The NZ man and his lost castle
A man’s home is his castle. That’s a saying, not so old as when knights were bold – that bastion of freedom, where every man had the opportunity to own and occupy his piece of land, with little interference from the state or another man.
But within the time of living memory this has changed rapidly to a point where the house is a source of revenue not only to the demands of the banks, the local bodies, industry and worst to the aggrieved wife, not happy with her lot in life.
Now we have taken another turn for the worse and one which is seeing the New Zealand man stripped of citizenship, effectively reduced to residents in a South Seas rendition of Rome.
Making this increasingly obvious is the recent changes to housing policy applied by the Reserve Bank to home buyers. I cringed when I saw this and where we were headed.
I hold the Prime Minister to account on this one because I believe he is financially astute enough to be aware of where this policy would take us and that he actually supported the outcome.
If there was a genuine attempt to restrict runaway house-prices and support New Zealanders into homes, the policy would have been directed at speculators and multiple-home owners by increasing the cash requirement to be invested.
The heat in the housing market comes from speculation, not genuine home owners entering and exiting the market.
Why then would you want a policy that makes it substantially harder for New Zealanders to break into the housing market and own their own home – the answer is this.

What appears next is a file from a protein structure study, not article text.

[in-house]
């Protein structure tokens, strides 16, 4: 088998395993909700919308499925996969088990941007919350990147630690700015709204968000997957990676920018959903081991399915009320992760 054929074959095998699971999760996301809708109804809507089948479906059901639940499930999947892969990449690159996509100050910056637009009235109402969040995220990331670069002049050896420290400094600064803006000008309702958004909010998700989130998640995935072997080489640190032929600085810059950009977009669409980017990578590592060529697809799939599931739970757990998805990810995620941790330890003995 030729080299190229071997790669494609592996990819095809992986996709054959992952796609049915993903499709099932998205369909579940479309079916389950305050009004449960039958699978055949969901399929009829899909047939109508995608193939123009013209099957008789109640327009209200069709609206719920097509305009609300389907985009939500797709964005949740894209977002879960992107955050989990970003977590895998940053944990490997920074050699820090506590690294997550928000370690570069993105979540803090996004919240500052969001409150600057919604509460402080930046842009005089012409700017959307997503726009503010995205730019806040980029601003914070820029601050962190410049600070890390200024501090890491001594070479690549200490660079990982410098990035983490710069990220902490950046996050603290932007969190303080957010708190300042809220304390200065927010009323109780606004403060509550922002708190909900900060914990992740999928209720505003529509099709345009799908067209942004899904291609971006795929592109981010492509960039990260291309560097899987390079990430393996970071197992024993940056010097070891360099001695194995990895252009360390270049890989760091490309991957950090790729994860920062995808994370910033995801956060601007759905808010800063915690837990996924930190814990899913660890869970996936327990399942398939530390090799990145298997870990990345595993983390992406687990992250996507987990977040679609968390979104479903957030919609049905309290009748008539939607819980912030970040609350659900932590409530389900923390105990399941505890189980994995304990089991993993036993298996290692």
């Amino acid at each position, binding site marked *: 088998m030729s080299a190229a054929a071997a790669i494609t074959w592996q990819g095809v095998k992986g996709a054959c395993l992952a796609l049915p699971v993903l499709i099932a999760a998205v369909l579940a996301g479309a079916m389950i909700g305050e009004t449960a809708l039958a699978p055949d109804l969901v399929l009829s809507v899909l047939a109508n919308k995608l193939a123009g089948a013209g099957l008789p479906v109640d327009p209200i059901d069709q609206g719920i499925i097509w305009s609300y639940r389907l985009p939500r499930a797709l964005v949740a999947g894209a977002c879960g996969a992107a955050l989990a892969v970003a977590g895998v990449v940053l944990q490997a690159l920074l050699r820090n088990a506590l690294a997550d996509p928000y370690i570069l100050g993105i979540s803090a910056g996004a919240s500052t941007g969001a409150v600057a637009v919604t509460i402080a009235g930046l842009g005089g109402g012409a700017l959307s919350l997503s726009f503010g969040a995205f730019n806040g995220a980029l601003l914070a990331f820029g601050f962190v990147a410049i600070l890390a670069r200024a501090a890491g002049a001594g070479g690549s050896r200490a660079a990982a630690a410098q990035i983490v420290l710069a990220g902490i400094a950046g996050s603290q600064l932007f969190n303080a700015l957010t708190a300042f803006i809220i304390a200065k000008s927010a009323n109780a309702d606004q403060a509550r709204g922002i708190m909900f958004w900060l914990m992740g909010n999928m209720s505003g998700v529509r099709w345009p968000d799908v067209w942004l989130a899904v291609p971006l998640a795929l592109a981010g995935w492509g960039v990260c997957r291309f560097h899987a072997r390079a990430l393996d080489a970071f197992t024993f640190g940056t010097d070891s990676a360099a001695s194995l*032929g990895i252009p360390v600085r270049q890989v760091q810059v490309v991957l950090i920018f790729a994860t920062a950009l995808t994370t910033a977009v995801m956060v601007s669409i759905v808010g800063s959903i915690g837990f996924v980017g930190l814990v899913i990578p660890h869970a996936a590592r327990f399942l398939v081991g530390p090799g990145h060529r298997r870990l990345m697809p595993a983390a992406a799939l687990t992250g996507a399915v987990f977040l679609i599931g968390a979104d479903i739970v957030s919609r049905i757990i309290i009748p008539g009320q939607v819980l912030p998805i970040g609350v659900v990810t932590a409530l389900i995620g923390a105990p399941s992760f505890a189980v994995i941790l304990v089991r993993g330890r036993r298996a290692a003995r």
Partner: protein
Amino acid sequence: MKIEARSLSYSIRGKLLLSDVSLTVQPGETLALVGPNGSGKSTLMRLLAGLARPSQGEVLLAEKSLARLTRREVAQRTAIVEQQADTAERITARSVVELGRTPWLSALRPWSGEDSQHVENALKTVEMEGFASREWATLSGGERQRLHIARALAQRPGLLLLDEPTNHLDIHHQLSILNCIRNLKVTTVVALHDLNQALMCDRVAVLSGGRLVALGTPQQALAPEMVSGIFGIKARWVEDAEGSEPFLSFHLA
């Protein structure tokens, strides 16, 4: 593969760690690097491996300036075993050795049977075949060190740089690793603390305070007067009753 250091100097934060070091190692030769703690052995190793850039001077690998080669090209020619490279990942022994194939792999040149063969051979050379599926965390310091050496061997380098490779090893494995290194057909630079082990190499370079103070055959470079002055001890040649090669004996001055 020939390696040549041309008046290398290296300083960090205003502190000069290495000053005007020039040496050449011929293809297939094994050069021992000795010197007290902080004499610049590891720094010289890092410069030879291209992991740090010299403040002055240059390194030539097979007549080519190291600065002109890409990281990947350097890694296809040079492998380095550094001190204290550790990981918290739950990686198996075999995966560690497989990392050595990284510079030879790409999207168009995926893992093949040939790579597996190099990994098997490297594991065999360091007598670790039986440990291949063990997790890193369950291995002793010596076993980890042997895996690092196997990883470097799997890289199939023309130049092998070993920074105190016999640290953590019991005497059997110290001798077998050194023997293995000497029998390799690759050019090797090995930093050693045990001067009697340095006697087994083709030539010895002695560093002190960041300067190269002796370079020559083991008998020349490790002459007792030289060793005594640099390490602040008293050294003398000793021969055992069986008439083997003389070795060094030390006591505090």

By restricting Kiwi home ownership you make more houses, particularly in Auckland available to speculators, who in turn fuel the building-supply-industry along with a limited number of trade people connected to speculators.
The end product is quickly looking pretty and ready for sale to the highest bidder, which includes plenty of overseas buyers who bleed more money than we collectively have blood.
That continues to fuel our housing market but also funds our economy. We are effectively selling our real estate so we can look good on paper and politicians can gloat about how well our economy is doing.
For the man in the street, housing is no longer housing, it is expensive accommodation and set to get more expensive.
When this little economic burst translates into a rise in interest rates there’s going to be a lot of sad faces, especially in Auckland when they see what they are paying the bank. No wonder any sensible young family is becoming wary of entering the housing market.
Before any one tells me this is not a men’s issue just remember our forebears fought for this piece of dirt and they didn’t do that so it could be sold out from under us. Nor do we need men, who are genuinely committed to their families, stressed to breaking point to pay for this stupidity.